HS: No, I grew up on the wrong coast to be able to hear Cliff Leeman! But I certainly admire his playing on recordings with Condon and Pee Wee Erwin and two great sessions with Don Ewell: one in a trio with Ewell and Herb Hall and a second with Buddy Tate and George Duvivier. And don’t forget his interpretation of Tony Sbarbaro’s syncopated woodblock-and-cowbell rhythm as part of a re-created ODJB on the 1961 Chicago and All That Jazz TV show!
As you say, he was an incredibly versatile and swinging drummer in any situation. Actually, my favorite recording of Cliff Leeman is Eddie Condon in Japan on Chiaroscuro. He gets such a wonderful shimmering sound on the ride cymbal, adds perfectly-timed punctuations on the splash cymbal and just plays beautiful time throughout. I have read that Leeman was Wild Bill Davison’s favorite drummer and I don’t doubt that for an instant!
In one of our e-mail exchanges you mentioned a drummer who I believe is underrated: Jimmy Crawford. He was certainly indispensable to the sound of the Jimmie Lunceford Orchestra and later became a 100 percent dependable “old pro” studio drummer. Still, his career has not received the same kind of attention as some of his peers. I can tell you that my favorite recording by Jimmy Crawford is the 1947 version of “Bye Bye, Pretty Baby” in a trio with Benny Goodman and Teddy Wilson. Talk about subtlety and swing—! His brushwork is some of the best I’ve ever heard on record. What do you like about Jimmy Crawford’s drumming?
KD: Jimmy Crawford’s playing is so swinging and supportive and always sounds just perfect to me! Like you, I love his playing with Benny Goodman’s trio and I’ve recently discovered a recording form the fifties that has become a favorite of mine: All About Memphis by Buster Bailey.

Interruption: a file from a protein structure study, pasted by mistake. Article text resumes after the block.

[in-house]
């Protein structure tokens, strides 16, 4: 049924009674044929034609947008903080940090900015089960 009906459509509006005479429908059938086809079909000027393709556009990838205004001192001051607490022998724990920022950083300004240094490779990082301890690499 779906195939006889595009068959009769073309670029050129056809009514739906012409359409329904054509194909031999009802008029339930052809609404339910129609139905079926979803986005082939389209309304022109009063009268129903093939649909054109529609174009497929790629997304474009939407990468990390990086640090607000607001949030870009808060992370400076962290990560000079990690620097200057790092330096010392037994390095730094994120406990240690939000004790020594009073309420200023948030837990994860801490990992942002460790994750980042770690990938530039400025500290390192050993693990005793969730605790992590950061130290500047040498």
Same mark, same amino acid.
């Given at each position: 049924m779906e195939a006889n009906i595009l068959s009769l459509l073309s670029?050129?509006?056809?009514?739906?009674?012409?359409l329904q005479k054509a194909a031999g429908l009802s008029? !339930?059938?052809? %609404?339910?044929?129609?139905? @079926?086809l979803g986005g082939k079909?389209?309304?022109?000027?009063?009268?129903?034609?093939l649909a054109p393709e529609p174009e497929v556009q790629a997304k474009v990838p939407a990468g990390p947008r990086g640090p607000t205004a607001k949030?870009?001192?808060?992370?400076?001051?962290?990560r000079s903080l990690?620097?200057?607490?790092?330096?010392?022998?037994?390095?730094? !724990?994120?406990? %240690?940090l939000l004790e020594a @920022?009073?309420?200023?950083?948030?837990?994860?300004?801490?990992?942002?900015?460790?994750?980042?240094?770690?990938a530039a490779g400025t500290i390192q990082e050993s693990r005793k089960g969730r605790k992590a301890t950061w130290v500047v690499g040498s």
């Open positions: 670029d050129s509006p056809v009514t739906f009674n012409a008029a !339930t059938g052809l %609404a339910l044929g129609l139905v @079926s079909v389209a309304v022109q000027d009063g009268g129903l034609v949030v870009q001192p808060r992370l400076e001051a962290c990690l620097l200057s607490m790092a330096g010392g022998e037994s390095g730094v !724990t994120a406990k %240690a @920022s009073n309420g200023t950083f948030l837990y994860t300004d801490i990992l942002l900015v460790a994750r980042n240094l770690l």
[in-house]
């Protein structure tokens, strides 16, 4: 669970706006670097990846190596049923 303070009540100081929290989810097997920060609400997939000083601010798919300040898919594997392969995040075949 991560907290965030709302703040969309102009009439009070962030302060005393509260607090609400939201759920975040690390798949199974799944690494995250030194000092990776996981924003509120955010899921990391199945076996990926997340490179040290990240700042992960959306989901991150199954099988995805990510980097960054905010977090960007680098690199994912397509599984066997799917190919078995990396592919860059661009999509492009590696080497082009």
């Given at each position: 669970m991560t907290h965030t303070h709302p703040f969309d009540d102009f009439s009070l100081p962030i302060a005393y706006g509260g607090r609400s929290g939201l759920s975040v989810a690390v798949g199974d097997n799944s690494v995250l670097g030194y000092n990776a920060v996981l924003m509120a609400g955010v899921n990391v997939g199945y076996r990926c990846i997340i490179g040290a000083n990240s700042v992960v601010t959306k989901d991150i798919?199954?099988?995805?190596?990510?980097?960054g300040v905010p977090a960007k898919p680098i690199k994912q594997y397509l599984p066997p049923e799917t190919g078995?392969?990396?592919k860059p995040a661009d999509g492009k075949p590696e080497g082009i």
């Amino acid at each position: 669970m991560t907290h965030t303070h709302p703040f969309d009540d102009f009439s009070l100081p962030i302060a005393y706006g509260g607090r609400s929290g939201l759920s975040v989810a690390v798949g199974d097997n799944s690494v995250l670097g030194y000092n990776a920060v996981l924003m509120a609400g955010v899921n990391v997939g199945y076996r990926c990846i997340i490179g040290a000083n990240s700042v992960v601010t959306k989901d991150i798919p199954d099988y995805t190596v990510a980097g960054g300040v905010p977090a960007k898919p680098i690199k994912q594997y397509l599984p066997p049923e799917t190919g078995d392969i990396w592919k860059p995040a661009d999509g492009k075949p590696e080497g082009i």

Jimmy Crawford plays a minimal setup with only a bass drum, snare drum, hi-hat and ride cymbal. Without being flashy, he swings the whole band and has a wonderful hookup with bassist Gene Ramey. Unlike some of the other drummers we’ve mentioned, he seems not to vary the rhythm of his ride cymbal beat very much, yet it never becomes static or boring. He puts so much swing into each note and when he plays an accent, it really stands out because he’s not doing it all the time. I agree with you completely about his brushwork; some of the very best ever!
Another absolute king of the brushes (and in fact, every aspect of drumming!) was the great Jo Jones. Everything he played was magic and I know he is a hero to both of us. He pretty much set the standard for playing the hi-hat and I don’t think anyone has ever done it better. His sound, feel, and the ways in which he interacted with soloists are simply awe-inspiring.
In addition to his amazing playing with Count Basie, I really love the quartet recording he did with Lester Young, Teddy Wilson and Gene Ramey, Pres and Teddy. I have to thank one of my favorite people and musicians, Dan Barrett, for turning me onto that record years ago. I have always felt that you have a lot of Jo Jones’ great qualities in your own playing and I remember at a festival one time, you quoted an incredible break of his from a Paul Quinichette recording. That really knocked me out! What are some of the aspects Jo Jones’ playing that stand out to you?